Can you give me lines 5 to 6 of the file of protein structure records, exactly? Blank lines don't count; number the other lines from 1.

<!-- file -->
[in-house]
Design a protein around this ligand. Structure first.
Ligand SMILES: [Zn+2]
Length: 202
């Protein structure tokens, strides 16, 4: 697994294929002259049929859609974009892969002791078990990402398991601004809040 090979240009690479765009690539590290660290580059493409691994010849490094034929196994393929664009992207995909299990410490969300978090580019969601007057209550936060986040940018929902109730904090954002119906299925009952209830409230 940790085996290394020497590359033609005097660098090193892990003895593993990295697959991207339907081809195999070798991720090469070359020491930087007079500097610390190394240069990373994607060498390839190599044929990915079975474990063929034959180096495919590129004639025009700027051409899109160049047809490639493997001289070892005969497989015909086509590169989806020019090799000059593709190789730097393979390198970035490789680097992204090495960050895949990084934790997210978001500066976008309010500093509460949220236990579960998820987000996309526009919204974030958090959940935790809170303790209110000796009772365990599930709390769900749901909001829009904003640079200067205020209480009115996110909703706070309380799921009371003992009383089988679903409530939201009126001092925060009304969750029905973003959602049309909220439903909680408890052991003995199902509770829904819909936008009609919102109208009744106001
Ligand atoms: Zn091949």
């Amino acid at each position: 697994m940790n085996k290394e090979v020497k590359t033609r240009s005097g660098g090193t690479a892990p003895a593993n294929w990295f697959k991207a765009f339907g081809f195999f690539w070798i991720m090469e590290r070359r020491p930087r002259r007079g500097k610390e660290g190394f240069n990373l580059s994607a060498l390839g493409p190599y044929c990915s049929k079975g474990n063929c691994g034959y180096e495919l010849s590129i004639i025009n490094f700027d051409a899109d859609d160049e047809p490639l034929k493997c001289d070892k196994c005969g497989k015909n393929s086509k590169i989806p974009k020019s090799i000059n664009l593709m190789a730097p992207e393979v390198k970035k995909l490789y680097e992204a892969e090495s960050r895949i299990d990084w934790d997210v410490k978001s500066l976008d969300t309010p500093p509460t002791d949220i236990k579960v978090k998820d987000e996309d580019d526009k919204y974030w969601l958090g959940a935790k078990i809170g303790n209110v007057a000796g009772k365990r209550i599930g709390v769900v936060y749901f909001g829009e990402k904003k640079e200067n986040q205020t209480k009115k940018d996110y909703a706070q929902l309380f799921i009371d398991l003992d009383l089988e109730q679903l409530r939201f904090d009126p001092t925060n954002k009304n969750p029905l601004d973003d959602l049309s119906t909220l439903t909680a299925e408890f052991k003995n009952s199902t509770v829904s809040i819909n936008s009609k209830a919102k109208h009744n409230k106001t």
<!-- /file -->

């Protein structure tokens, strides 16, 4: 697994294929002259049929859609974009892969002791078990990402398991601004809040 090979240009690479765009690539590290660290580059493409691994010849490094034929196994393929664009992207995909299990410490969300978090580019969601007057209550936060986040940018929902109730904090954002119906299925009952209830409230 940790085996290394020497590359033609005097660098090193892990003895593993990295697959991207339907081809195999070798991720090469070359020491930087007079500097610390190394240069990373994607060498390839190599044929990915079975474990063929034959180096495919590129004639025009700027051409899109160049047809490639493997001289070892005969497989015909086509590169989806020019090799000059593709190789730097393979390198970035490789680097992204090495960050895949990084934790997210978001500066976008309010500093509460949220236990579960998820987000996309526009919204974030958090959940935790809170303790209110000796009772365990599930709390769900749901909001829009904003640079200067205020209480009115996110909703706070309380799921009371003992009383089988679903409530939201009126001092925060009304969750029905973003959602049309909220439903909680408890052991003995199902509770829904819909936008009609919102109208009744106001
Ligand atoms: Zn091949």